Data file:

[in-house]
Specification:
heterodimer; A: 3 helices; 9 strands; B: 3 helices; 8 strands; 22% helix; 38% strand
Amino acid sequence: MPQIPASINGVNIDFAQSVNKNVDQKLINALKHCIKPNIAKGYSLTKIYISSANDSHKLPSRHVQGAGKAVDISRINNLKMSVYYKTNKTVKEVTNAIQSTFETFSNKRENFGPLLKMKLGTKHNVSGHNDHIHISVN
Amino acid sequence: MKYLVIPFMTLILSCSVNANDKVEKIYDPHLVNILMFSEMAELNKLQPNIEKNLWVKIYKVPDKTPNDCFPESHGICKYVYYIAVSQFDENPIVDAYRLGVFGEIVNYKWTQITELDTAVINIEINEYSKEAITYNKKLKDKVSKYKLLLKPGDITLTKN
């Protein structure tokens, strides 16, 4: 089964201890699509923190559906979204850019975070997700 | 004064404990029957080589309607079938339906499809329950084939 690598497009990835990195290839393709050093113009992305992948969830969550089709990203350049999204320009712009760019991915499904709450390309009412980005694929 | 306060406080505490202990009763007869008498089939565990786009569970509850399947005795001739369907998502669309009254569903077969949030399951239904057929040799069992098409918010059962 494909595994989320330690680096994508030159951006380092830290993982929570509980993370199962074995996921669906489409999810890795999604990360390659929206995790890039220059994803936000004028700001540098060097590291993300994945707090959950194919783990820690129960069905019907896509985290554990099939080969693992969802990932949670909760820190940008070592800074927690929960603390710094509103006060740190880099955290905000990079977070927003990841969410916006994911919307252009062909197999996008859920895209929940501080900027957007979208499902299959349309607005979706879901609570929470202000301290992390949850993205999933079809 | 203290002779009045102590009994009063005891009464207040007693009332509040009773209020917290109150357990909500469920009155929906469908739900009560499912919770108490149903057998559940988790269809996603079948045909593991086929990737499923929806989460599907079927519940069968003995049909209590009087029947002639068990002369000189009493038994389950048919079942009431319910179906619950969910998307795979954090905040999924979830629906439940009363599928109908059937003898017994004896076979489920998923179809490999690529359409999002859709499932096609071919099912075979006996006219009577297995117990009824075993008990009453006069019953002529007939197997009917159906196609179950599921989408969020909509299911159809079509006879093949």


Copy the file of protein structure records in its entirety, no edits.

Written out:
[in-house]
Specification:
heterodimer; A: 3 helices; 9 strands; B: 3 helices; 8 strands; 22% helix; 38% strand
Amino acid sequence: MPQIPASINGVNIDFAQSVNKNVDQKLINALKHCIKPNIAKGYSLTKIYISSANDSHKLPSRHVQGAGKAVDISRINNLKMSVYYKTNKTVKEVTNAIQSTFETFSNKRENFGPLLKMKLGTKHNVSGHNDHIHISVN
Amino acid sequence: MKYLVIPFMTLILSCSVNANDKVEKIYDPHLVNILMFSEMAELNKLQPNIEKNLWVKIYKVPDKTPNDCFPESHGICKYVYYIAVSQFDENPIVDAYRLGVFGEIVNYKWTQITELDTAVINIEINEYSKEAITYNKKLKDKVSKYKLLLKPGDITLTKN
């Protein structure tokens, strides 16, 4: 089964201890699509923190559906979204850019975070997700 | 004064404990029957080589309607079938339906499809329950084939 690598497009990835990195290839393709050093113009992305992948969830969550089709990203350049999204320009712009760019991915499904709450390309009412980005694929 | 306060406080505490202990009763007869008498089939565990786009569970509850399947005795001739369907998502669309009254569903077969949030399951239904057929040799069992098409918010059962 494909595994989320330690680096994508030159951006380092830290993982929570509980993370199962074995996921669906489409999810890795999604990360390659929206995790890039220059994803936000004028700001540098060097590291993300994945707090959950194919783990820690129960069905019907896509985290554990099939080969693992969802990932949670909760820190940008070592800074927690929960603390710094509103006060740190880099955290905000990079977070927003990841969410916006994911919307252009062909197999996008859920895209929940501080900027957007979208499902299959349309607005979706879901609570929470202000301290992390949850993205999933079809 | 203290002779009045102590009994009063005891009464207040007693009332509040009773209020917290109150357990909500469920009155929906469908739900009560499912919770108490149903057998559940988790269809996603079948045909593991086929990737499923929806989460599907079927519940069968003995049909209590009087029947002639068990002369000189009493038994389950048919079942009431319910179906619950969910998307795979954090905040999924979830629906439940009363599928109908059937003898017994004896076979489920998923179809490999690529359409999002859709499932096609071919099912075979006996006219009577297995117990009824075993008990009453006069019953002529007939197997009917159906196609179950599921989408969020909509299911159809079509006879093949």